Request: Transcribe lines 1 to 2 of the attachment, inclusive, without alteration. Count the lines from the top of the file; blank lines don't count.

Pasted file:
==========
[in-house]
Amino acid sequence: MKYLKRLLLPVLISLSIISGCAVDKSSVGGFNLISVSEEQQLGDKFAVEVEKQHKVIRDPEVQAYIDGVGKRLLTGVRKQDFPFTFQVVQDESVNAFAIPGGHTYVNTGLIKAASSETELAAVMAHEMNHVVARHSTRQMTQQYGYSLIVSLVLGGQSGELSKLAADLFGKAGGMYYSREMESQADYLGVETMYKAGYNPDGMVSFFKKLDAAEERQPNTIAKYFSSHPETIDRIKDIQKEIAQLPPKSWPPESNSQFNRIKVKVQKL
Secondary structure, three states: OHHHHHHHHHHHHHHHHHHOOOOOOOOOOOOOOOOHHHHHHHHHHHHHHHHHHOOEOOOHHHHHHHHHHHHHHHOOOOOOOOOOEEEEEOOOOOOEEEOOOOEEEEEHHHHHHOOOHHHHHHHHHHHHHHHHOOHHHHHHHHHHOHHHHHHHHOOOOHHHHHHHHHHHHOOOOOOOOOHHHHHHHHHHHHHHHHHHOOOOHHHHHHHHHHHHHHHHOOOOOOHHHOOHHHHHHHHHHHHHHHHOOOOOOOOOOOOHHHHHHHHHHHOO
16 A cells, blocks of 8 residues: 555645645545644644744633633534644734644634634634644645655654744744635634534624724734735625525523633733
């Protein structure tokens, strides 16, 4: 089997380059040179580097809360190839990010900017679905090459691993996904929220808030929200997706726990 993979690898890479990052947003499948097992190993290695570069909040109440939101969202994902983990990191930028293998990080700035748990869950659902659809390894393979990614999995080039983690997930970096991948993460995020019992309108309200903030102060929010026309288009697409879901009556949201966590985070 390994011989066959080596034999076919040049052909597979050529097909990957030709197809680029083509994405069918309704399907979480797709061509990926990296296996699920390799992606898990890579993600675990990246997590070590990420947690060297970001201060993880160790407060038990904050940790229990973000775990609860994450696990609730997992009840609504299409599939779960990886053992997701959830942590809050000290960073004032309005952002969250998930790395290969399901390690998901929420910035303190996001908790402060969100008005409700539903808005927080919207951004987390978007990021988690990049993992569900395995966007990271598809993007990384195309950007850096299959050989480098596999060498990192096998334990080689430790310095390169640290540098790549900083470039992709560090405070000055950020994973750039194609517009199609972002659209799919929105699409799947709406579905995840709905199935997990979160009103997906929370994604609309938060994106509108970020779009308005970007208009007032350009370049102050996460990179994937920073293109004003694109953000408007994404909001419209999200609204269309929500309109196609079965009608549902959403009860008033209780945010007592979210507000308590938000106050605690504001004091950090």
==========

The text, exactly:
[in-house]
Amino acid sequence: MKYLKRLLLPVLISLSIISGCAVDKSSVGGFNLISVSEEQQLGDKFAVEVEKQHKVIRDPEVQAYIDGVGKRLLTGVRKQDFPFTFQVVQDESVNAFAIPGGHTYVNTGLIKAASSETELAAVMAHEMNHVVARHSTRQMTQQYGYSLIVSLVLGGQSGELSKLAADLFGKAGGMYYSREMESQADYLGVETMYKAGYNPDGMVSFFKKLDAAEERQPNTIAKYFSSHPETIDRIKDIQKEIAQLPPKSWPPESNSQFNRIKVKVQKL